"The aim of marketing is to know and understand the customer so well the product or service fits him and sells itself."
I think one of the greatest challenges of being a novelist is balancing the craft side of writing with the business side. Both are a constant education, but technology advancements are pushing the business side at a much faster rate. Some marketing and sales techniques that used to work well in the past don't necessarily carry the same impact now--and in some cases can even backfire. On the other hand, authors now have an opportunity to reach readers on a global level very inexpensively and very rapidly--something that I think will long-term have a positive impact on the industry.
One marketing book that I recommend for any author is the 2010 edition of Guerrilla Marketing for Writers. It's very detailed, and for me it's become more and more useful as my writing career has grown. I also like Seth Godwin's books, mainly because he has a fun attitude about the subject and is very innovative in his ideas.
The following are some ideas and tools that have helped me personally:
1) Offering rough draft excerpts/related short stories online for free
This is somewhat counter-intuitive, but it has worked for me. With having a series, developing reader interest in the current book results in the previous ones being bought later. I consider it similar to catching a TV show in mid-season and wanting to catch up.
2) Business cards, postcards, posters, etc.
In part to make your life easier when talking to people about your book or books, it's worth investing in some basic marketing materials. This doesn't have to be expensive, and I've never used debt to do it.
VistaPrint is very reasonable for business cards and postcards. Bookmarks make great giveaways as well, but I prefer postcards because they can double as note cards, too.
If your local Wal-Mart has a photo lab with a HP poster maker, you can use a solid color template and add text without owning Photoshop or similar program. (The only photo files you'd need would be of your book cover and possibly a head shot.) With permission, you can have these posters displayed at libraries and also use them for book signings.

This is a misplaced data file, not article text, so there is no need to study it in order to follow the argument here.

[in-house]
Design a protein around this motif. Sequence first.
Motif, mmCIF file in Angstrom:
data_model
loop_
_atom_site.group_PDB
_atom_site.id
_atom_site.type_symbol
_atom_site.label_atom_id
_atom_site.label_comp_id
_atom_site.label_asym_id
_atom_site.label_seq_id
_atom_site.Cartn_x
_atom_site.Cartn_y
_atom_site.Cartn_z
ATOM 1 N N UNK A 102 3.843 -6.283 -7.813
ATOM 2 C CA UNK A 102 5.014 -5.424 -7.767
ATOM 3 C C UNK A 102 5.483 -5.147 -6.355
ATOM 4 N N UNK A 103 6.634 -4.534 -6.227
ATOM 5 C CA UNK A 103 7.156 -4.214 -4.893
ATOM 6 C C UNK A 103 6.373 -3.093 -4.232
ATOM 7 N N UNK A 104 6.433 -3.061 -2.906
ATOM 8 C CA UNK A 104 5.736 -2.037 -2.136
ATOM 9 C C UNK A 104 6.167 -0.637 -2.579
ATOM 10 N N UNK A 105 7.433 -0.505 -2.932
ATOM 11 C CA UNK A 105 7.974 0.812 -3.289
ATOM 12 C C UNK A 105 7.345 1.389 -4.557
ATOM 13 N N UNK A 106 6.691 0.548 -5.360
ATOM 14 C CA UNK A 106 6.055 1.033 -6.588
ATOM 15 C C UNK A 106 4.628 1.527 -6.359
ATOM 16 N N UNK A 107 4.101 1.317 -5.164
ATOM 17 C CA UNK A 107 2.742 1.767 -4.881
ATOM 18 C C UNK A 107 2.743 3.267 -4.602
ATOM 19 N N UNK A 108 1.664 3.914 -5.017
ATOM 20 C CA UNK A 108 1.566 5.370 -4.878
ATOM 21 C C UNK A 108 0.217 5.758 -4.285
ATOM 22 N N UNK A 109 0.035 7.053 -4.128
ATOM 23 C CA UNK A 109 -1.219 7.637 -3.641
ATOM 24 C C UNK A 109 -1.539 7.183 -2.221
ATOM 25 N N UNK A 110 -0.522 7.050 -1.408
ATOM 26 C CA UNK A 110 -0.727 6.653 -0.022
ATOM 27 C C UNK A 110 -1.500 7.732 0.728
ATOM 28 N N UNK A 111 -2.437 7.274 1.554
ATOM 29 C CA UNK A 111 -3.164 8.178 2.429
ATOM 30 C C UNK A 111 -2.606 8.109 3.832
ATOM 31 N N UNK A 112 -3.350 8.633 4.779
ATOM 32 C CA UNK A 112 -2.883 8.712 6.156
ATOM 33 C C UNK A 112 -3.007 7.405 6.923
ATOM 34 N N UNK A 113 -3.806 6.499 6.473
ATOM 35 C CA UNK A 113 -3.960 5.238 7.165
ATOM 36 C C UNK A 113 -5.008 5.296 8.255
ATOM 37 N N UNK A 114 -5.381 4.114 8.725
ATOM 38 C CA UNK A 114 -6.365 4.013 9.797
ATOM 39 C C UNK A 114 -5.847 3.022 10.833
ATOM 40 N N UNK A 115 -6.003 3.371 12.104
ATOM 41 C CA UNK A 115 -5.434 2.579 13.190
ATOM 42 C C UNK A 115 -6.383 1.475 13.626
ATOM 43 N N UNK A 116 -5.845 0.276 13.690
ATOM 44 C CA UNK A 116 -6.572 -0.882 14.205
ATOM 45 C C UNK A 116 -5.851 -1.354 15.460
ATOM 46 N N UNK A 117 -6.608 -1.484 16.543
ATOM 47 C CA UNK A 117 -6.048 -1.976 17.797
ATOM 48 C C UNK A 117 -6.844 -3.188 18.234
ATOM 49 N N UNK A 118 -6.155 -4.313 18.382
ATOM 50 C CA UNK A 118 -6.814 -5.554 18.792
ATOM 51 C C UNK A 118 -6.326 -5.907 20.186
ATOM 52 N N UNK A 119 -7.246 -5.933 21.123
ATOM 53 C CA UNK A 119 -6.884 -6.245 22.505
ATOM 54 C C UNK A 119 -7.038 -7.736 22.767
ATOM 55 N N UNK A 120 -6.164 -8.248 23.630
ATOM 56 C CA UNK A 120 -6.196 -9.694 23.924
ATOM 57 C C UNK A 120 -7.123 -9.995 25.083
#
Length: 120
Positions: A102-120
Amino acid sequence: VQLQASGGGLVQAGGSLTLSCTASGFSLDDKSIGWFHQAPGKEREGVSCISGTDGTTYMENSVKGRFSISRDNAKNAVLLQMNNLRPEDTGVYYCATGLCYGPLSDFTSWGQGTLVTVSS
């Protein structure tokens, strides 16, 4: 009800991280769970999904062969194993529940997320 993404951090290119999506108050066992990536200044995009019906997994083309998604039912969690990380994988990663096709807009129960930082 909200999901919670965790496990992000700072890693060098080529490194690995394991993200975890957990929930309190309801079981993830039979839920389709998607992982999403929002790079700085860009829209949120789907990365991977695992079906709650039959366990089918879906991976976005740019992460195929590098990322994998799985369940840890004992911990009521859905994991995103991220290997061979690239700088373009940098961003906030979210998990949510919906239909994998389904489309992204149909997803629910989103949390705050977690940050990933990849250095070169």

3) Being active in primarily two online communities (outside of Facebook & Twitter)
There is a balance between reaching out to people and spreading yourself so thin that you're not doing anything meaningful. I've gotten more out of being reasonably active here on Gather and on Writing.com compared to when I was trying to balance activity on about a dozen other sites. It's a lot more fun and less stressful, too.
4) Using Facebook and Twitter smartly and with other people in mind
I have friends that whenever they do a Facebook or Twitter post, it's only related to trying to get someone to buy their product or service--nothing more. This can get old very quickly, and that's even with knowing the person and product are good. It's one of those things that the same people would never do to you in real life but happens a lot in online marketing.
If used right, Facebook and Twitter are still great marketing tools. Facebook has an option of creating a public page for yourself or a business, and as an author it can be helpful to have this as a separation from your private life and friends. I follow the format of posting writing-related material to the public page then share it with my friends using the personal side of the account when I think it's relevant or important.
5) Develop an overall plan that's unique to you and your writing
This does take some time and trial-and-error. Depending on genre and primary audience, what works for one writer might not work for another and vice versa. The other aspect of this is the freedom to be authentic and not worry if you're doing everything exactly like other writers do.
Current project: My website
This could be a whole article in itself, and after I finish my current book I'm going to be focusing on developing it to the level I want it to be. As I do research for myself, I'm taking notes on anything helpful so I can pass things along, too.